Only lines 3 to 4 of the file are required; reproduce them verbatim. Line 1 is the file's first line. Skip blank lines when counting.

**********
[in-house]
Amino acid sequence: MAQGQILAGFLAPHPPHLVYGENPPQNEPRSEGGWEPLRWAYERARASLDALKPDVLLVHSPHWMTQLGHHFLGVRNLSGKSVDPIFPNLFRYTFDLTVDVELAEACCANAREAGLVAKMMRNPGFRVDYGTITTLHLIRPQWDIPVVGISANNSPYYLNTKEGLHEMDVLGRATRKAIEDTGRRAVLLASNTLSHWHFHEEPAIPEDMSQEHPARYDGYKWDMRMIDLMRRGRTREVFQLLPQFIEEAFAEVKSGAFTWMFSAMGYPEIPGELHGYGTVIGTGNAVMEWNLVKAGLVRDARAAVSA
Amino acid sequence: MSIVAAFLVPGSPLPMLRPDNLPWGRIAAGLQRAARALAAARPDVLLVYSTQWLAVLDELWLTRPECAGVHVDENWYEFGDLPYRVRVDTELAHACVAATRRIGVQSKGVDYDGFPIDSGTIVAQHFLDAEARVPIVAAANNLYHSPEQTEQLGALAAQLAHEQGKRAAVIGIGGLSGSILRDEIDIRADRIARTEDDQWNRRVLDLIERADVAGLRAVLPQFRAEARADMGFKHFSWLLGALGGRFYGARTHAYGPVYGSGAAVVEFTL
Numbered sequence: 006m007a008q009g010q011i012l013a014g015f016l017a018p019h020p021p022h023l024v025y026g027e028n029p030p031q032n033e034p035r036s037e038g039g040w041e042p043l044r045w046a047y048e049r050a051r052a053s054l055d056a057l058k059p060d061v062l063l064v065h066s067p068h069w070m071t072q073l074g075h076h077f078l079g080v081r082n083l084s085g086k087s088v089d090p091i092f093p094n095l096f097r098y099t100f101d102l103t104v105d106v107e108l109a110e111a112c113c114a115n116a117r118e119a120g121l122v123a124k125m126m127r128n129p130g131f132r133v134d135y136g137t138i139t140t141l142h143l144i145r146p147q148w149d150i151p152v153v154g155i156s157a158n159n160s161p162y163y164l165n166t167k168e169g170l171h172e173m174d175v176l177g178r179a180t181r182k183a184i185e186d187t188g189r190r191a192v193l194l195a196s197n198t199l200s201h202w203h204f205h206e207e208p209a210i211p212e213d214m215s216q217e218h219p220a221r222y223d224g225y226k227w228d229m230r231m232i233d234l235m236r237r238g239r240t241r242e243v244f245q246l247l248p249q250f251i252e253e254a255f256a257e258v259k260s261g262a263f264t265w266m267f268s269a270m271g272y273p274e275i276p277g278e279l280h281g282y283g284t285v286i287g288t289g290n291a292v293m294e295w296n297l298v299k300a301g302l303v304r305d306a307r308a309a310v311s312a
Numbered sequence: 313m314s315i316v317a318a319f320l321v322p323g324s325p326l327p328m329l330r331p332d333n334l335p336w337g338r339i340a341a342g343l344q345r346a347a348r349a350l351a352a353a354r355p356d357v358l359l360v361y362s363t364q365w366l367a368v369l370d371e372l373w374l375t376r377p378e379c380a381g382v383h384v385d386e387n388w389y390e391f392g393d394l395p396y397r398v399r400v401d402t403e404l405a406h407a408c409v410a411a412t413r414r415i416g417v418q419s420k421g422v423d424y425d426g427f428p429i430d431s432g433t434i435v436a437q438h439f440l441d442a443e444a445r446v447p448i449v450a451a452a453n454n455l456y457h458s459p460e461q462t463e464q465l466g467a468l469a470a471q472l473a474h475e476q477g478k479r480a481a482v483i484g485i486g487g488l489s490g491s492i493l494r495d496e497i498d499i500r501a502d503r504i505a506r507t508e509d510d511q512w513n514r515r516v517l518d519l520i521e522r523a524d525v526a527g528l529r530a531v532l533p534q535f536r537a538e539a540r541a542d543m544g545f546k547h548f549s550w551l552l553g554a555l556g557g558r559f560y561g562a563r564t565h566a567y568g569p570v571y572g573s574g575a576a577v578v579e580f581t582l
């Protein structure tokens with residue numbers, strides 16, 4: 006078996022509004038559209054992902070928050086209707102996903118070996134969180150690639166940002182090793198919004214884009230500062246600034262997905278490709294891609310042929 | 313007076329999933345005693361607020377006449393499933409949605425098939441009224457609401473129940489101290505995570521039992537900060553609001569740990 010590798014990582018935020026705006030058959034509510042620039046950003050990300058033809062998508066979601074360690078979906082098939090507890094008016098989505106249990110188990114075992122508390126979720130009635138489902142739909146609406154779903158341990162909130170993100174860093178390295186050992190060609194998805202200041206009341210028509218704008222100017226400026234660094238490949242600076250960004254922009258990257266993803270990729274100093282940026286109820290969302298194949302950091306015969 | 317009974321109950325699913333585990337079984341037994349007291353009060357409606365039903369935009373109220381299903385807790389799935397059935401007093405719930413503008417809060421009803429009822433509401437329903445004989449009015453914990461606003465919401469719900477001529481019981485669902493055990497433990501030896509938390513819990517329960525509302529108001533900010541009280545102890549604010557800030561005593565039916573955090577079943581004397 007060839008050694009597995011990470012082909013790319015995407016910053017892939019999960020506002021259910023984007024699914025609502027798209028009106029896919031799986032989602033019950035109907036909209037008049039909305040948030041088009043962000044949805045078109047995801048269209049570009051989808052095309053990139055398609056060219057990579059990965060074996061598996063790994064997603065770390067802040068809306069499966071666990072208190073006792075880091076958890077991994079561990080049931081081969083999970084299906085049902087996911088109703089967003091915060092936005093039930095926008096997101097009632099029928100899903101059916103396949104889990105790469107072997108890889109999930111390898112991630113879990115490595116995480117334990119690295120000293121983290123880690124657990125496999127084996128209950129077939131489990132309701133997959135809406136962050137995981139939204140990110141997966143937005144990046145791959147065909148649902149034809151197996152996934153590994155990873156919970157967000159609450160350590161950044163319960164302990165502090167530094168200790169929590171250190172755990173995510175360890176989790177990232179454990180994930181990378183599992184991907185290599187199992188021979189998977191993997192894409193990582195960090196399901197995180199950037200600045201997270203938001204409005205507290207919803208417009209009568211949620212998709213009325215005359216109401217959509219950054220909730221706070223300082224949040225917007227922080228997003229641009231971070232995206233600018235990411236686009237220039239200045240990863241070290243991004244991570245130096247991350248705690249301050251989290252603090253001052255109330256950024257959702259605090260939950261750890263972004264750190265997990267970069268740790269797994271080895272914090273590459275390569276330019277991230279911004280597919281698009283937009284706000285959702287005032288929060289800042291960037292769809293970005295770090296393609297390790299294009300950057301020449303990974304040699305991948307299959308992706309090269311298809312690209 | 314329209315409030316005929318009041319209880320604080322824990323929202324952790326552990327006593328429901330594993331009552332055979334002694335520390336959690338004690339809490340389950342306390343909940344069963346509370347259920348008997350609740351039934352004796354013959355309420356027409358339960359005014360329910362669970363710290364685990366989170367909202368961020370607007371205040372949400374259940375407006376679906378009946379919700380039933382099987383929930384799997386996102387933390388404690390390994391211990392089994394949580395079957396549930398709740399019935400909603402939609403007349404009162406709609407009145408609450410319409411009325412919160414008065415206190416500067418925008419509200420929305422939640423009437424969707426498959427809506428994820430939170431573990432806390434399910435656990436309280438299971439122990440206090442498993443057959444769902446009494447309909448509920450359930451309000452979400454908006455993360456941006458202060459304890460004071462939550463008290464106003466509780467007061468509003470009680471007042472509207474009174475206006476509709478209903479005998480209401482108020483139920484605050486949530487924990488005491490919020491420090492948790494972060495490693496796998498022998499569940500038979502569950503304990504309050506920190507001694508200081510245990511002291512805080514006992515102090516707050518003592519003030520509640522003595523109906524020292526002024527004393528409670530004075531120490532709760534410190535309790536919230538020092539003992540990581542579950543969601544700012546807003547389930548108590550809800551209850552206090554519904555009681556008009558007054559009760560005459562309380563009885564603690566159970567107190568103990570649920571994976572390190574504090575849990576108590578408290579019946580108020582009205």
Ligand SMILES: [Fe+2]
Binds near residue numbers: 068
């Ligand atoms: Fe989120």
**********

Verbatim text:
Amino acid sequence: MSIVAAFLVPGSPLPMLRPDNLPWGRIAAGLQRAARALAAARPDVLLVYSTQWLAVLDELWLTRPECAGVHVDENWYEFGDLPYRVRVDTELAHACVAATRRIGVQSKGVDYDGFPIDSGTIVAQHFLDAEARVPIVAAANNLYHSPEQTEQLGALAAQLAHEQGKRAAVIGIGGLSGSILRDEIDIRADRIARTEDDQWNRRVLDLIERADVAGLRAVLPQFRAEARADMGFKHFSWLLGALGGRFYGARTHAYGPVYGSGAAVVEFTL
Numbered sequence: 006m007a008q009g010q011i012l013a014g015f016l017a018p019h020p021p022h023l024v025y026g027e028n029p030p031q032n033e034p035r036s037e038g039g040w041e042p043l044r045w046a047y048e049r050a051r052a053s054l055d056a057l058k059p060d061v062l063l064v065h066s067p068h069w070m071t072q073l074g075h076h077f078l079g080v081r082n083l084s085g086k087s088v089d090p091i092f093p094n095l096f097r098y099t100f101d102l103t104v105d106v107e108l109a110e111a112c113c114a115n116a117r118e119a120g121l122v123a124k125m126m127r128n129p130g131f132r133v134d135y136g137t138i139t140t141l142h143l144i145r146p147q148w149d150i151p152v153v154g155i156s157a158n159n160s161p162y163y164l165n166t167k168e169g170l171h172e173m174d175v176l177g178r179a180t181r182k183a184i185e186d187t188g189r190r191a192v193l194l195a196s197n198t199l200s201h202w203h204f205h206e207e208p209a210i211p212e213d214m215s216q217e218h219p220a221r222y223d224g225y226k227w228d229m230r231m232i233d234l235m236r237r238g239r240t241r242e243v244f245q246l247l248p249q250f251i252e253e254a255f256a257e258v259k260s261g262a263f264t265w266m267f268s269a270m271g272y273p274e275i276p277g278e279l280h281g282y283g284t285v286i287g288t289g290n291a292v293m294e295w296n297l298v299k300a301g302l303v304r305d306a307r308a309a310v311s312a